Many adults may think that teaching young children how to write does not have a large connection with reading and speaking, but they are all truly intertwined. When trying to support young writers, reading aloud to them is one of the best ways to help develop their skills. Giving children the opportunity to listen to a story being read aloud has a number of positives. They are able to really think about the story and discuss their opinions and ideas about it with the rest of the classroom. Teachers can incorporate a number of different types of discussions to stem off of read alouds as well. Story time can turn into meaningful talks about authors and illustrators, connections between different story lines, and life lessons that can accompany a story in a book. These types of skills will help children to become better writers because they will be able to think more critically about the types of stories that they are writing and to create a distinction between different levels and types of books/stories as well.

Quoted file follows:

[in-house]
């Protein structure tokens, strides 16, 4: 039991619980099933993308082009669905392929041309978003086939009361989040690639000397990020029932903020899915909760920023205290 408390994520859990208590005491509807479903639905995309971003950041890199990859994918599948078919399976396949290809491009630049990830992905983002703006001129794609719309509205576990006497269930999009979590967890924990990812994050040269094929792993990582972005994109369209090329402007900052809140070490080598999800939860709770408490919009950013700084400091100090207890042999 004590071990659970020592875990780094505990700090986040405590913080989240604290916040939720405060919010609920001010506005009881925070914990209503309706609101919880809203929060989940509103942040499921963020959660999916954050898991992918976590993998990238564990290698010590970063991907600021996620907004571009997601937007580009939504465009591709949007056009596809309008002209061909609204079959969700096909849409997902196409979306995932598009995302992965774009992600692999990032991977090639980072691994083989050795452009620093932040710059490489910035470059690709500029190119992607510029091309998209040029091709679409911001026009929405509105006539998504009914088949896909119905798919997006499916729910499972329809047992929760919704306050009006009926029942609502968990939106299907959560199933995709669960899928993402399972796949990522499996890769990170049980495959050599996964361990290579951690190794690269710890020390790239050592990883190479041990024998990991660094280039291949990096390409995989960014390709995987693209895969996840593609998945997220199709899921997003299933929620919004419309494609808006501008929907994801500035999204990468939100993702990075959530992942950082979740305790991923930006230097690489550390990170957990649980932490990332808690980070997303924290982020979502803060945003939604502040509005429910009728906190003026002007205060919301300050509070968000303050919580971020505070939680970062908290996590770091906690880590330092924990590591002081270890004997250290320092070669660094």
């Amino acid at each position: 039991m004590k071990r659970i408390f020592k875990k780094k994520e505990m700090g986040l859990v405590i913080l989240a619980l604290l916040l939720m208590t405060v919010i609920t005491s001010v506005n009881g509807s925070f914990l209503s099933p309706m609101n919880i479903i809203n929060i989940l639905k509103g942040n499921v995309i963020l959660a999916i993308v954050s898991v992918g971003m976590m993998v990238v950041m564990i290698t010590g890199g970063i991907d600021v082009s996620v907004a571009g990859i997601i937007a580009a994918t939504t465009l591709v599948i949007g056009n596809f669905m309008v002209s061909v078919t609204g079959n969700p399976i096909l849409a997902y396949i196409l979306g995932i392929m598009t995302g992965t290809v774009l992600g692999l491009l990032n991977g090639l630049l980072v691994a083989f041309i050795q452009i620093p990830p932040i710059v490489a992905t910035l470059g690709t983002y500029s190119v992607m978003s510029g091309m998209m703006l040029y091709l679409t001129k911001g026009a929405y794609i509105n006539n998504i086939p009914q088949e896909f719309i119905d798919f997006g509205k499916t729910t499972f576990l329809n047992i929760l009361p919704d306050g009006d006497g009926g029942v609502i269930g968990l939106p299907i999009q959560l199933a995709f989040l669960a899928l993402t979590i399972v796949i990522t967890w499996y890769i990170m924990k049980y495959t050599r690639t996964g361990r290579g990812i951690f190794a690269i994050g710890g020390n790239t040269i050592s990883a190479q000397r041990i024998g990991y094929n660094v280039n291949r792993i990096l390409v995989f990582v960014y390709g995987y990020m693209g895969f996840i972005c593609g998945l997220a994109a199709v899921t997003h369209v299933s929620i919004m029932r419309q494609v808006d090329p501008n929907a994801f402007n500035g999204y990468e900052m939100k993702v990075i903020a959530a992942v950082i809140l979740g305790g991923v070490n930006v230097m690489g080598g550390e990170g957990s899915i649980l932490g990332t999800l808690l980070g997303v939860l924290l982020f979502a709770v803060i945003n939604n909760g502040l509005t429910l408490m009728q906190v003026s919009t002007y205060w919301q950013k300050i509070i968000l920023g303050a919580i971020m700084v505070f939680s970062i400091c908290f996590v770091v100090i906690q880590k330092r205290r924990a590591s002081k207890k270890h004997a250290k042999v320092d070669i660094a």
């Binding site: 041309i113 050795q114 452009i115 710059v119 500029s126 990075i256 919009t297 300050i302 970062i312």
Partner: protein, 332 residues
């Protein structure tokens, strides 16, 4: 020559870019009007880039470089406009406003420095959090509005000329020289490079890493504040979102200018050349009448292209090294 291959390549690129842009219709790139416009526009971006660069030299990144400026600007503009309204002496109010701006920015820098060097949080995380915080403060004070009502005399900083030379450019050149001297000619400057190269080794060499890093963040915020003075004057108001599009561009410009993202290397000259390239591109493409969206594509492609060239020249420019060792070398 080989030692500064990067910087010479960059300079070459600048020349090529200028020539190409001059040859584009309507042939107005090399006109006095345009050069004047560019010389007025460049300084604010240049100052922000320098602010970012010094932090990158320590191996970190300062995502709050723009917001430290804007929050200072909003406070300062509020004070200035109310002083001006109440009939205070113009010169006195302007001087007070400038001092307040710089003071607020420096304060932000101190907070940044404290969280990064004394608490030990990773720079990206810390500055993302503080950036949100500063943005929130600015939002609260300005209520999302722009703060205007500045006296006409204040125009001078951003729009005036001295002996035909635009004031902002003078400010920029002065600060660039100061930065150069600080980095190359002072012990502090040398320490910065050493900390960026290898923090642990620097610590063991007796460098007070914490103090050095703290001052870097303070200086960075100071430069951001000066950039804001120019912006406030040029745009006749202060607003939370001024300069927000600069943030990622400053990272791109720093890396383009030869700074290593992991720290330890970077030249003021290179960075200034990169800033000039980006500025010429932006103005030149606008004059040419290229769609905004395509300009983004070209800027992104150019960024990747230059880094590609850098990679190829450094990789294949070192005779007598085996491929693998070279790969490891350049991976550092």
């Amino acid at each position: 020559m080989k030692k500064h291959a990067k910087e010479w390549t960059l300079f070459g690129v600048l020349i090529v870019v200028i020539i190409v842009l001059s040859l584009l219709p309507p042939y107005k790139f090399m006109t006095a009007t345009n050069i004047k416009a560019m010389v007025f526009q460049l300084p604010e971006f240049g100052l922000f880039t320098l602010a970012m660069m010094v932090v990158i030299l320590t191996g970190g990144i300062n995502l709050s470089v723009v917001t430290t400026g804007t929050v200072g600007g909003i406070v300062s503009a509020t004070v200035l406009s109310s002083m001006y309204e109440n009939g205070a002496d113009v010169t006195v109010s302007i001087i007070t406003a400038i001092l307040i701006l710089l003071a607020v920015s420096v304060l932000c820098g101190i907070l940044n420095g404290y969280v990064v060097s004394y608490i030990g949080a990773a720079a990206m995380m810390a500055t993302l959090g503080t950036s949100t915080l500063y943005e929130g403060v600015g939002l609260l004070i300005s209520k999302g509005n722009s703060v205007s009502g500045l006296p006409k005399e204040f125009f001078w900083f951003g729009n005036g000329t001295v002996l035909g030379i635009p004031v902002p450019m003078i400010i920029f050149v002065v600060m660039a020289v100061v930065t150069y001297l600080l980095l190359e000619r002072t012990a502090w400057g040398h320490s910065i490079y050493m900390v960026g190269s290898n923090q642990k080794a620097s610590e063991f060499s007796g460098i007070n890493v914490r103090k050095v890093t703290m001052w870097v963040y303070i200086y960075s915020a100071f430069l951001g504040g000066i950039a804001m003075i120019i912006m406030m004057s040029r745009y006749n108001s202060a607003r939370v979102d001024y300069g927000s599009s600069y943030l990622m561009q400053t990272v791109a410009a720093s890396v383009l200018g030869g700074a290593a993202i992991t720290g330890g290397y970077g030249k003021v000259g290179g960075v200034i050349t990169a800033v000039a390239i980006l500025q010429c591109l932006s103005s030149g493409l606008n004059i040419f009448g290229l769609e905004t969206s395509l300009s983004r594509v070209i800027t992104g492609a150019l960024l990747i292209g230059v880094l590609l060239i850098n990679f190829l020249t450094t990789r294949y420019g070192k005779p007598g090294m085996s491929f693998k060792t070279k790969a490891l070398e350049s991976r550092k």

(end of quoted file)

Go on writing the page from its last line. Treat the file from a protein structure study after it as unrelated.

Story writing is another activity that really allows children to get out of their writing comfort zone and create something new and original while also working on their literacy skills. There are many components to writing a good story and going through the process of creating a quality story in the classroom can assist children in critically looking at their own writing in the future. Helping children to create a strong story structure that includes solid characters and plot development will teach them to look for this in the stories that they read and give them the tools they need in order to critique someone elses story. Teaching children the various parts of stories such as setting, problems and solutions create more independent students and higher level writers. Giving students the task of describing all of the components of their stories is extremely helping in skill practice of literacy as well. It broadens their vocabulary and strengthens their imagination.